The irony: Harvard researcher Marc Hauser, author of "Moral Minds: How Nature Designed Our Universal Sense of Right and Wrong," may have crossed an ethical boundary of his own. After students accused Hauser of fabricating data, a university investigation into his work on the cognitive abilities of monkeys has found evidence of eight instances of "scientific misconduct." The psychology professor, whose next book (according to his website) is titled "Evilicious: Why We Evolved a Taste for Being Bad," has admitted making "significant mistakes" in his work.
The reaction: "Rarely does it get more ironic," says The Economist. A scientist known for looking into the origins of morality is suspected of "the closest thing academia has to a deadly sin: cheating." Maybe, for his next book, says ckelty at Savage Minds, Hauser should examine the "possibility of fraud arising as a result of the intense desire to prove that fraud has an evolutionary origin."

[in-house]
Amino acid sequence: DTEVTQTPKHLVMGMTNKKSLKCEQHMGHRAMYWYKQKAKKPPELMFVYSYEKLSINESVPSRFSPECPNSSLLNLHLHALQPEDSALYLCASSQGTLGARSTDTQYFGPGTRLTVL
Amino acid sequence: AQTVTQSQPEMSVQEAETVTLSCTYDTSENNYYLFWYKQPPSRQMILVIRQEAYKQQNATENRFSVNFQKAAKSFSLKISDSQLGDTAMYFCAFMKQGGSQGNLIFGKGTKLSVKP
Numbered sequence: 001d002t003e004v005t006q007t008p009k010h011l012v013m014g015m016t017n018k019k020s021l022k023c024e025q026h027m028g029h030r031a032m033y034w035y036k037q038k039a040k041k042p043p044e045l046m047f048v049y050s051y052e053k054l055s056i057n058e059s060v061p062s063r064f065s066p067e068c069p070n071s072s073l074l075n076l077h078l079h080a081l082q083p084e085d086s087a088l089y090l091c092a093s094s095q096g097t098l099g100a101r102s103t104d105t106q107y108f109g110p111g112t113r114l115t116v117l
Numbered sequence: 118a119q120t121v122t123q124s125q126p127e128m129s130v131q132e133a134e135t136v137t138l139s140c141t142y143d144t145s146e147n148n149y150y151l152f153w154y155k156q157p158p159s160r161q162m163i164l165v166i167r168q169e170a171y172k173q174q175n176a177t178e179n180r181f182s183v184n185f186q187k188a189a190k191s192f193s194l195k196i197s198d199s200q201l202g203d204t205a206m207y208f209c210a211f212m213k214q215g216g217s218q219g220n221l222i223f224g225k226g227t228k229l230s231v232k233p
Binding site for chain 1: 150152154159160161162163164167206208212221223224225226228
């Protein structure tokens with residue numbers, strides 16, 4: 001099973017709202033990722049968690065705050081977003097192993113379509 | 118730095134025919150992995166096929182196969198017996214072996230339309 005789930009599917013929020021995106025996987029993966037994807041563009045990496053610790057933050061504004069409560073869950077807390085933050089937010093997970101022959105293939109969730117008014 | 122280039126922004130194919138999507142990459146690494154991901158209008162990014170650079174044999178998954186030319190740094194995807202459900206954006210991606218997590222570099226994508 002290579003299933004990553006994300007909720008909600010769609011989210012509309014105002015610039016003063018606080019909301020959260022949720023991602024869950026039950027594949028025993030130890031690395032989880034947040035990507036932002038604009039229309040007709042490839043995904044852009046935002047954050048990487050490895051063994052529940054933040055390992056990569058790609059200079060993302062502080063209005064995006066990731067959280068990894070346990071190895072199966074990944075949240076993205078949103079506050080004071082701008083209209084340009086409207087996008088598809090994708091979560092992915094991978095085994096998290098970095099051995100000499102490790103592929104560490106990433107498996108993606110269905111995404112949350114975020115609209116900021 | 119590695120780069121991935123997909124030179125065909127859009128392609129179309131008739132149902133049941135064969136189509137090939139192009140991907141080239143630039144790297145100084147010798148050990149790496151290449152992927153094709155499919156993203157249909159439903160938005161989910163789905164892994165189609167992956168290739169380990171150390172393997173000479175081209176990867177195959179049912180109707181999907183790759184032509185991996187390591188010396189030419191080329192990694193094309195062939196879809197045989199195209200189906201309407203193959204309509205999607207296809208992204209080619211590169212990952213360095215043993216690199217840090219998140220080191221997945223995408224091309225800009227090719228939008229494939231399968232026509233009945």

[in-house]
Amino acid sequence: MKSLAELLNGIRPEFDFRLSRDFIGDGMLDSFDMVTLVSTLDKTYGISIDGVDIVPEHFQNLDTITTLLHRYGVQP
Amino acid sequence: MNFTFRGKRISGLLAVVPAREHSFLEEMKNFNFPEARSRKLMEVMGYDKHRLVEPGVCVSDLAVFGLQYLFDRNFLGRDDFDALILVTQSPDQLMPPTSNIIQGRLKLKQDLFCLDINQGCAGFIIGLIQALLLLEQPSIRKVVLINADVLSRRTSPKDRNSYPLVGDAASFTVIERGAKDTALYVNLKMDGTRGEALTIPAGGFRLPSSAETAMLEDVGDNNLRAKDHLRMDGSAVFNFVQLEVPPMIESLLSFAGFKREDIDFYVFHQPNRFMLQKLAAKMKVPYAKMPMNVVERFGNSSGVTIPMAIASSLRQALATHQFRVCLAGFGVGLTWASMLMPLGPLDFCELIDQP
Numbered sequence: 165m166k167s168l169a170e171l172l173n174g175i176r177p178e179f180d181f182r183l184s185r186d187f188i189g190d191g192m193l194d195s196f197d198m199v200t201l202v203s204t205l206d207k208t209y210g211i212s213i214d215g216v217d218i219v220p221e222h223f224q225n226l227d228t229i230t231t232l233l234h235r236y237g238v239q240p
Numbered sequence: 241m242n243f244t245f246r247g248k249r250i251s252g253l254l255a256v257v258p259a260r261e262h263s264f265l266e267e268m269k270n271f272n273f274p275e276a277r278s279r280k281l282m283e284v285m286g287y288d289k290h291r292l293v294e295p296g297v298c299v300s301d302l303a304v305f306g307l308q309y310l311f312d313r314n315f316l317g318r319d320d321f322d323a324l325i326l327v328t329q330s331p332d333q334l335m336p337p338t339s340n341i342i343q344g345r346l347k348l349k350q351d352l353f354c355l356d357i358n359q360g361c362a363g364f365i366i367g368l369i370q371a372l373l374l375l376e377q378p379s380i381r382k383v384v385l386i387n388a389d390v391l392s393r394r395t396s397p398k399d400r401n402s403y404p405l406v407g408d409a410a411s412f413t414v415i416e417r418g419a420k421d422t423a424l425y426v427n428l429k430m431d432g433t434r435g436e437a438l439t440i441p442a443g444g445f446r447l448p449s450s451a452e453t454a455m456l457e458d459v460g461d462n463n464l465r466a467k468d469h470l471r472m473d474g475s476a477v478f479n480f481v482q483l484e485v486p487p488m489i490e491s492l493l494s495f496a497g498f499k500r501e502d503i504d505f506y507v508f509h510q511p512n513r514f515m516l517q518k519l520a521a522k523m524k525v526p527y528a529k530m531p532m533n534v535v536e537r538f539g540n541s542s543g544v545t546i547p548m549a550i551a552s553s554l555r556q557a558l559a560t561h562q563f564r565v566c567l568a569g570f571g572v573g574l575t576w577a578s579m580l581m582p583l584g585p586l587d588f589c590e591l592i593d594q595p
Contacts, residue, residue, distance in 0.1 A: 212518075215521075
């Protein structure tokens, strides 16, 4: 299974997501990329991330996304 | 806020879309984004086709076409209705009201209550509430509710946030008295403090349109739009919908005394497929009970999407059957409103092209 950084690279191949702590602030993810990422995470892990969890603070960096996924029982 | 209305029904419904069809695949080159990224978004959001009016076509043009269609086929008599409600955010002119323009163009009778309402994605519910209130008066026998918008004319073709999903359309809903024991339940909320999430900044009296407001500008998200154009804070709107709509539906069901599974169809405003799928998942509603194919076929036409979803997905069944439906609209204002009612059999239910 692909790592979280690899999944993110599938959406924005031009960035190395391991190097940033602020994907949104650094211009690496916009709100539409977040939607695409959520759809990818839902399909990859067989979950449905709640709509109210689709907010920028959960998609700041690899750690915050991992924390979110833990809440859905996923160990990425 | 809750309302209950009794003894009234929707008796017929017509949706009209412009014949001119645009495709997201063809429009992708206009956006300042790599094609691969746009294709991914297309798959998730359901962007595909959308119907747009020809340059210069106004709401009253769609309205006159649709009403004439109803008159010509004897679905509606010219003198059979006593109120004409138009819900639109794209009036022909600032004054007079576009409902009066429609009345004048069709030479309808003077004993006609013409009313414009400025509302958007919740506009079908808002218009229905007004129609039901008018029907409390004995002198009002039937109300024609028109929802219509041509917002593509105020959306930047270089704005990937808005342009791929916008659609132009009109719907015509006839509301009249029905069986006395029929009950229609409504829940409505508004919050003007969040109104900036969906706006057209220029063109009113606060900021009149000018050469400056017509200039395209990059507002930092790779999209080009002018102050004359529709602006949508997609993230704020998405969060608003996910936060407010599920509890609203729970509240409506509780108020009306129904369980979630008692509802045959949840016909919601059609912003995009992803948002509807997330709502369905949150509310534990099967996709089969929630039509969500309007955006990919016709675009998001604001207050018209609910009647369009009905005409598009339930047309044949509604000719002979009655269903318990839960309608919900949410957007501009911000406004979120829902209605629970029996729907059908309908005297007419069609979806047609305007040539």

THE WEEK'S AUDIOPHILE PODCASTS: LISTEN SMARTER
- Why you shouldn't eat dog. Not even once.
- Why Israel can no longer let the Palestinian Authority be responsible for security in the West Bank
- How U.S. special forces are preparing for the worst-case scenario in North Korea
- Why you should really take a nap this afternoon, according to science
- Here's the schedule very successful people follow every day
- How social conservatives became a minority in need of protection
- What would a U.S.-Russia war look like?
- I hate Ayn Rand — but here's why my fellow conservatives love her
- 10 things you need to know today: July 25, 2014
- 7 grammar rules you really should pay attention to
Subscribe to the Week